2
49 Replies
Reply
🌰
ChestnutHelper
17 May
Good morning Shelley
Reply
Shelley DAuthor
17 May
Good morning Mary. Nice to see you. Are you a worrier?
1
Reply
🌰
ChestnutHelper
17 May
Oh my goodness yes
Reply
🍁
Maple LeafHelper
17 May
Good morning Shelley and friends. Worrying, anticipation, what if....I’m the king of anticipation, too much on my mind. It’s been 5 to 6 years of darkness for so many reasons. Every weekend, we’ve been anticipating what if, what will we do, what if this happens..... Constant making scenarios which lead to more anxiety, my depression to another level. That’s where I’m not the best at giving advice because I’ve been anticipating the worst in everything. When you’ve been living in the darkness because you have no control, you feel so powerless, can’t protect your family from the worst, makes it difficult to cope. I know I’m to let go of what I have no control but it doesn’t make it easy. I know I’m to choose my battles, but it still doesn’t make it easy. I tend to close in, go in avoidance mode to show that I’m the strong one in the family but I can be read because I’m an open book. So we discuss together, we go through the scenarios and we plan ahead of time to have a plan of action in case the what if happens. We’re being proactive but at what and who’s cost. The best I can do is to stay grounded and not worry until I need to. I keep on trying to surf the wave, decide where I should anchor my ship and swim to a new and positive journey. I know I’m worthy, enough and want to follow my footprints sprayed in a glittery light blue. Sorry, I know I’m a very complex individual, I’m an artist. Hugs to all who can feel me, because you feel the exact same way.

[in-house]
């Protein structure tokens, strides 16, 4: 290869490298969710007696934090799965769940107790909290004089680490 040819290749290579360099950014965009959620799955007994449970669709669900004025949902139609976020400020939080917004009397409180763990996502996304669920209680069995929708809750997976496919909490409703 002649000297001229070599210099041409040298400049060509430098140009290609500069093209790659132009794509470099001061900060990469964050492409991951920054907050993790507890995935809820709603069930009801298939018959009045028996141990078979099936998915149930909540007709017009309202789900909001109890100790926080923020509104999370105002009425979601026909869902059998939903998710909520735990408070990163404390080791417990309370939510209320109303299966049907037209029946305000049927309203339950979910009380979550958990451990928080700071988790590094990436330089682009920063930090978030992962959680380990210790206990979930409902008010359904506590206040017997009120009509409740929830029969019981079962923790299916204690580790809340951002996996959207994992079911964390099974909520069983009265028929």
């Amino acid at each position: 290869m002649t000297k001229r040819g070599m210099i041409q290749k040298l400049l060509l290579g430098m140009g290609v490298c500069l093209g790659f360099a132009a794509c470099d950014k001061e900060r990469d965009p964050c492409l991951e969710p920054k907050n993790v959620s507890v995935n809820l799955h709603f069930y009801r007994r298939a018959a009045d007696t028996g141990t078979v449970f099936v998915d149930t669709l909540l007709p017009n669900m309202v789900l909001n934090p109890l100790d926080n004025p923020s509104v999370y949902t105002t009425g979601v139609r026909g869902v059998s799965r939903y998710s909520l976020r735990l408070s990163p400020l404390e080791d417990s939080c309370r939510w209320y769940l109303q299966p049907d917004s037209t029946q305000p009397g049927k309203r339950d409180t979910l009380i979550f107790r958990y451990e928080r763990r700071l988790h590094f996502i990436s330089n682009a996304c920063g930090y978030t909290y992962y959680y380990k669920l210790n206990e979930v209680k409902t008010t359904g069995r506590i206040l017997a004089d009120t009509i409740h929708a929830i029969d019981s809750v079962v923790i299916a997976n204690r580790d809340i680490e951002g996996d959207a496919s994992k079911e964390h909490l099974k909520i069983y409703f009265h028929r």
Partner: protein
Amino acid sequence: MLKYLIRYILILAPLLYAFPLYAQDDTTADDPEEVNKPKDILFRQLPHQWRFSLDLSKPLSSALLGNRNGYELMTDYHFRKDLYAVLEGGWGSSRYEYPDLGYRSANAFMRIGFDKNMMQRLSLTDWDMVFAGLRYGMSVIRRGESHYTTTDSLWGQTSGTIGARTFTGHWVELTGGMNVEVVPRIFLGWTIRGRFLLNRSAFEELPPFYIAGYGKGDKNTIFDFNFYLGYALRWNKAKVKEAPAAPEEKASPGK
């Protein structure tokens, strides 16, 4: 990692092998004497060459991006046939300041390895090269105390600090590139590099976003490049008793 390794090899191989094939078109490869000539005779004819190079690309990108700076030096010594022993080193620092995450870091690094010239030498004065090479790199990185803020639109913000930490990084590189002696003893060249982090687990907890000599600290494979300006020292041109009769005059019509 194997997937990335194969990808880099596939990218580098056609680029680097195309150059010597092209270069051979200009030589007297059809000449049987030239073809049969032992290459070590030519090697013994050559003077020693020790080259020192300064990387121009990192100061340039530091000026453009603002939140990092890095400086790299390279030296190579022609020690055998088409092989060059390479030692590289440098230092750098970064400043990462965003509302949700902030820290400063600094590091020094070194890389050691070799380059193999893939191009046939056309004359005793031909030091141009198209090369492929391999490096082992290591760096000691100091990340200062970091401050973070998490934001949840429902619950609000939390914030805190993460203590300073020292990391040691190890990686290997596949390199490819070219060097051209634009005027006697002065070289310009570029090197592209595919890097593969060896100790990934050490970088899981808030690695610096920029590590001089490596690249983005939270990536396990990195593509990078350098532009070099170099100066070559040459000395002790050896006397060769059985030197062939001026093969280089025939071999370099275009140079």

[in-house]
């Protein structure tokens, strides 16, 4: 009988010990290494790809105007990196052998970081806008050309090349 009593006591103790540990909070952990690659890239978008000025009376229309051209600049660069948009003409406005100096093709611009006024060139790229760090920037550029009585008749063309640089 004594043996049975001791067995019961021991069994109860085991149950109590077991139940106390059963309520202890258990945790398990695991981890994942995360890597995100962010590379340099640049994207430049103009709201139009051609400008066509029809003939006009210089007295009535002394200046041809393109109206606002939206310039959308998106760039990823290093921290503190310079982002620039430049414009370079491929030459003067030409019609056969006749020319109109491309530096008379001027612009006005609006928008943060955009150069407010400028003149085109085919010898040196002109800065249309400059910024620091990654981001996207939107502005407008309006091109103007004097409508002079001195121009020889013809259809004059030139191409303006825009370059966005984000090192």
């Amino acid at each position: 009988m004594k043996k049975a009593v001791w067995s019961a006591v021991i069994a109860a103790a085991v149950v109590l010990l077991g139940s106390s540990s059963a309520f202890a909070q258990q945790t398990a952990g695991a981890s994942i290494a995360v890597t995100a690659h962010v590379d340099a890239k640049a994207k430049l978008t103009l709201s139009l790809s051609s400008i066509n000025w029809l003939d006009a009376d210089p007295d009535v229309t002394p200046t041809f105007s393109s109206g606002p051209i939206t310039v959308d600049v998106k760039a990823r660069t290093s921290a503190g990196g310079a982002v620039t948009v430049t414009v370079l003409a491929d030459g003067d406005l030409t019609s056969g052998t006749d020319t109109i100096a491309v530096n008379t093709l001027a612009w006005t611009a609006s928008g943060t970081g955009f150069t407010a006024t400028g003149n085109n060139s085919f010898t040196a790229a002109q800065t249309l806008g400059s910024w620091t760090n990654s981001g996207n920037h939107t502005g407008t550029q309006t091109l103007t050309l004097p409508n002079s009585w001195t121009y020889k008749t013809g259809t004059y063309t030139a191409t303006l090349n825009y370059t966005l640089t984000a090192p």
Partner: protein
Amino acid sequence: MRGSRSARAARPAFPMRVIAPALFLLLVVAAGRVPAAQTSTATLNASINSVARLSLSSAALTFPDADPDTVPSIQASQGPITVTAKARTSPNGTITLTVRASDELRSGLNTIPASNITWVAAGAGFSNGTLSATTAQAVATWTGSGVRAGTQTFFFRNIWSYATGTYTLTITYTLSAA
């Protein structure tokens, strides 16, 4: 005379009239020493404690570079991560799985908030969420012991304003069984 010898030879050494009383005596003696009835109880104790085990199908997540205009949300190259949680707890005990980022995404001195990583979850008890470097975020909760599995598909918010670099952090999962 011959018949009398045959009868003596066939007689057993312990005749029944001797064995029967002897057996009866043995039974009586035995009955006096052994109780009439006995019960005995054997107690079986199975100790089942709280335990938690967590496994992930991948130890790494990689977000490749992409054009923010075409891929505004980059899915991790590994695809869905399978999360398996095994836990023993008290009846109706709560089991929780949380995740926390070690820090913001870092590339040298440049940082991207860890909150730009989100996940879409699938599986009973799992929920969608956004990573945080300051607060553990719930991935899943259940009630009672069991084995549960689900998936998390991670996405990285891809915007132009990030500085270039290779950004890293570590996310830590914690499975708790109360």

4
Reply
🌰
ChestnutHelper
17 May
I can relate
1
Reply
🍇
GrapesHelper
17 May
Meditation daily and then creating a list of worries...so that I can prioritize their importance... in my life
2
Reply
🍁
Maple LeafHelper
17 May
Creating a list of our worries is another good options. Being human comes with its worries, battles but we can definitely put an importance factor to them.
4
Reply
🍁
Maple LeafHelper
17 May
Postponing the worries is such a great idea. I can see that it would lose some of its importance. I’ll definitely try that Shelley.
3
Reply
Shelley DAuthor
17 May
Please let us know if it works for you. Sometimes even gaining a tiny bit of control can make a huge difference. I want to commend you for bringing up communicating with someone about the worries. Having a partner can help keep us grounded whether it is a spouse, a friend, or a professional.
3
Reply
🍇
GrapesHelper
17 May
Some things have to take a back burner in my life.
5
Reply
🍁
Maple LeafHelper
17 May
I’m certain that acceptance of specific situations could also provoke chronic worries. Let go of what we have no control.
5
Reply
🍇
GrapesHelper
17 May
It is too overwheming for me to "grasp" the entire realm of my day to day life worries and boldly face my realities....so I take them in smaller pieces. (Bit by bit) Hope this helps somebody.
3
Reply
Shelley DAuthor
17 May
Good advice Rebecca.
2
Reply
🍁
Maple LeafHelper
17 May